I mean, some people report that they look around a class and find their competitive nature flaring up. Which can cause an attitude of feeling less than other people, OR feeling superior. Both are out of balance. Or perhaps a person will push themselves beyond their current capabilities in competition with themselves, which can easily result in injury. And despite what Mr Choudry might say, competition is not yoga!
Mark spoke about the male/female imbalance prevalent in most yoga classes (and by extension, in our communities). There are so many women in yoga classes, but hardly any men! And how that has to change if we’re going to make positive changes in the world. Generally speaking, men need to work at being more open and receptive, and women need to acknowledge their own power. Yoga is very good at helping people regain their balance in these ways. The surrender of Strength Receiving is both internal (from our Self, to our Self), as well as to between our Self and other people in our day to day lives.
And now that I think about it, “surrender” is a big part of the experience of feeling anahata chakra cracking open. The only way to co-exist with that state is to surrender! Essentially, indifference is a disorder of the heart.
One of Mark’s key teachings is around intimacy – with your Self, your body, your breath and your mind. And coming to terms with this concept as a part of my experience of yoga was interesting. I mean, my entire family for generations on both sides have shown no skill with expressing intimacy. It’s a long held, DNA-deep pattern, so how do you get better at intimacy when your natural pattern is to not really let people in? The answer of course, is that you have to start with yourself. And you have to give it a red hot go!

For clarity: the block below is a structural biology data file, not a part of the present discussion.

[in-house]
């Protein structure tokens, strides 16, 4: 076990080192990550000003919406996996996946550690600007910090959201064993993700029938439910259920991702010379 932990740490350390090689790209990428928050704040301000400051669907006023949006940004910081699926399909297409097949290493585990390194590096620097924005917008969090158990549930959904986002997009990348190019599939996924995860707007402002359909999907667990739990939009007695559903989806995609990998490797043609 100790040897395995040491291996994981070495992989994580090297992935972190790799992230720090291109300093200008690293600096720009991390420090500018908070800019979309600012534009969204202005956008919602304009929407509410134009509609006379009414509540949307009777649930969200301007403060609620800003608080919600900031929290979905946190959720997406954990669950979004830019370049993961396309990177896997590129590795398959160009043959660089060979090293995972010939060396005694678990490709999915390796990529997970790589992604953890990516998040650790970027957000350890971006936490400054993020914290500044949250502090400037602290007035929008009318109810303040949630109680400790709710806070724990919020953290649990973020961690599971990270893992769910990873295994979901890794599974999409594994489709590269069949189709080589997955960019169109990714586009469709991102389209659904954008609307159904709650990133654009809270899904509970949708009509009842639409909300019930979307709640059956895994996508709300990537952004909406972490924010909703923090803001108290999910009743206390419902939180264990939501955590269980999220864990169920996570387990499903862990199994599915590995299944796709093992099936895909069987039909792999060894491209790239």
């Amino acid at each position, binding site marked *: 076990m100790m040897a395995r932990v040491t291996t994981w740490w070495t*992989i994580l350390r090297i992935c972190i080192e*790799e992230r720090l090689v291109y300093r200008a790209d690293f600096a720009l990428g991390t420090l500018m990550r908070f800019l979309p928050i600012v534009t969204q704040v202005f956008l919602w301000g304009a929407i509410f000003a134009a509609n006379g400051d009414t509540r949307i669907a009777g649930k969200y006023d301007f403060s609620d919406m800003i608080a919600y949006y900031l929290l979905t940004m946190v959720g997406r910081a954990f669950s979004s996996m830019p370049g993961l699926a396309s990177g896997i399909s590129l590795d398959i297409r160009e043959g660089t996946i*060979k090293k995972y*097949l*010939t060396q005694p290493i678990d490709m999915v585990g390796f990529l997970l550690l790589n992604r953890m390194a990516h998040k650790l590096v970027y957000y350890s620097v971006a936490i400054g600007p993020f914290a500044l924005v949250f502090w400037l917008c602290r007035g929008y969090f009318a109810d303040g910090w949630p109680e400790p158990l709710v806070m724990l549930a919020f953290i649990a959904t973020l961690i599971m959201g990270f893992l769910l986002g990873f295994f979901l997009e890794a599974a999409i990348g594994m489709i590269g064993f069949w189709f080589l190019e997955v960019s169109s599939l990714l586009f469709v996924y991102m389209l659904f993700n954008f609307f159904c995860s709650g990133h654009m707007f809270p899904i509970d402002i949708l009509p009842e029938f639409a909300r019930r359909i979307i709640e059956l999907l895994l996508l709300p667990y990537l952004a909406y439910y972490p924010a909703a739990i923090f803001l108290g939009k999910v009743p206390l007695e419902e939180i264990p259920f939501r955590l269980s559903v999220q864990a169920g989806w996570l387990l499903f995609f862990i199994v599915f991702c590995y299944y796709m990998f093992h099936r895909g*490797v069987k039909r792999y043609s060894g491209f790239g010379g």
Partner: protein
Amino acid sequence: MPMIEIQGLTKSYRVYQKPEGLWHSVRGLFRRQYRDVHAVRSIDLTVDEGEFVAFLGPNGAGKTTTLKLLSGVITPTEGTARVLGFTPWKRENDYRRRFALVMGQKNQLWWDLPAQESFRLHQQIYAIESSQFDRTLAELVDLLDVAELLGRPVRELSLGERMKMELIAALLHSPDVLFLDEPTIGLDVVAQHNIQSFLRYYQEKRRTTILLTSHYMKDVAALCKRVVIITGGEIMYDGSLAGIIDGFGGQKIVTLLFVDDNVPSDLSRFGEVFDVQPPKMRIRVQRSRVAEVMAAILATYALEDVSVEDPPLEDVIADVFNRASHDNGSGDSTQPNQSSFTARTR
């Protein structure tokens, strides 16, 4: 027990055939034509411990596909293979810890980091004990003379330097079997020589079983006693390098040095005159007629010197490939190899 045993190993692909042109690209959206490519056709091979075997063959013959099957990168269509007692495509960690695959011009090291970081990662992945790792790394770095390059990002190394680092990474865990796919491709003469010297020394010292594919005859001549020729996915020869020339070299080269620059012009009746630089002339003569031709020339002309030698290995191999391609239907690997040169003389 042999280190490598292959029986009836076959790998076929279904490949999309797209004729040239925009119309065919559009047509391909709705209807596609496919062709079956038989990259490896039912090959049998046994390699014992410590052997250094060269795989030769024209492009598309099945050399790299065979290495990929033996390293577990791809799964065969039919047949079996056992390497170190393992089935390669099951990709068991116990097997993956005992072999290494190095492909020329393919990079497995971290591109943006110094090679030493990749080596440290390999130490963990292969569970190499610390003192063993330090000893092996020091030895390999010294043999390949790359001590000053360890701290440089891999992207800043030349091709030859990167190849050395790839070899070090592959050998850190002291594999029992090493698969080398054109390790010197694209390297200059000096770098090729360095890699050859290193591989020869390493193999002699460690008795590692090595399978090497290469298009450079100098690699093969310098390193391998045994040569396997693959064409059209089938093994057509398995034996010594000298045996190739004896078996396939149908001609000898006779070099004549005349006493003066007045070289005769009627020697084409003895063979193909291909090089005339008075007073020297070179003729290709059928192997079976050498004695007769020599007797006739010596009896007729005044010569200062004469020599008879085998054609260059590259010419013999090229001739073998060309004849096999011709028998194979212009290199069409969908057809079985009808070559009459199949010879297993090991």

In yoga there’s a bunch of ways to do this – asana, pranayama, mudra, bandha, dinacharya, food etc. Intimacy with the self involves developing a sensitivity and awareness internally and externally and is therefore, inherently physical and sensate.
True intimacy isn’t about getting naked – although there’s nothing wrong with that! Instead, it is a quality that allows us to see, feel, know and realise in a very tangible way that we are but one heart, one organism, interconnected even as we appear separate.
Intimacy really starts to make sense within the context of yoga, as you move through your practice and use the breath to stay completely aware, moment to moment. The trick is that to really understand that, you have to do your practice and keep doing it!
Then you can extend what you’ve learned about yourself to how you deal with others. At least that’s the theory I’m working with so far…
…The ancient wisdom of yoga teaches that Life is already given to you, you are completely loved, you are here now. It teaches that we are not separate, cannot be separate from nature, which sustains us in a vast interdependence with everything…
It is true that we don’t have to go anywhere, or seek anything outside of ourselves in order to realise we are one and the same as god. However, I do think that for many people this message is too simple to accept. I know that twenty years ago, perhaps even only ten years ago I would not have been okay with that. Sometimes I think it takes lots of searching in order to realise there’s nowhere to go…
P.S. Once again, all quotes are from Mark Whitwell – things he said, his book and/or his Facebook status updates.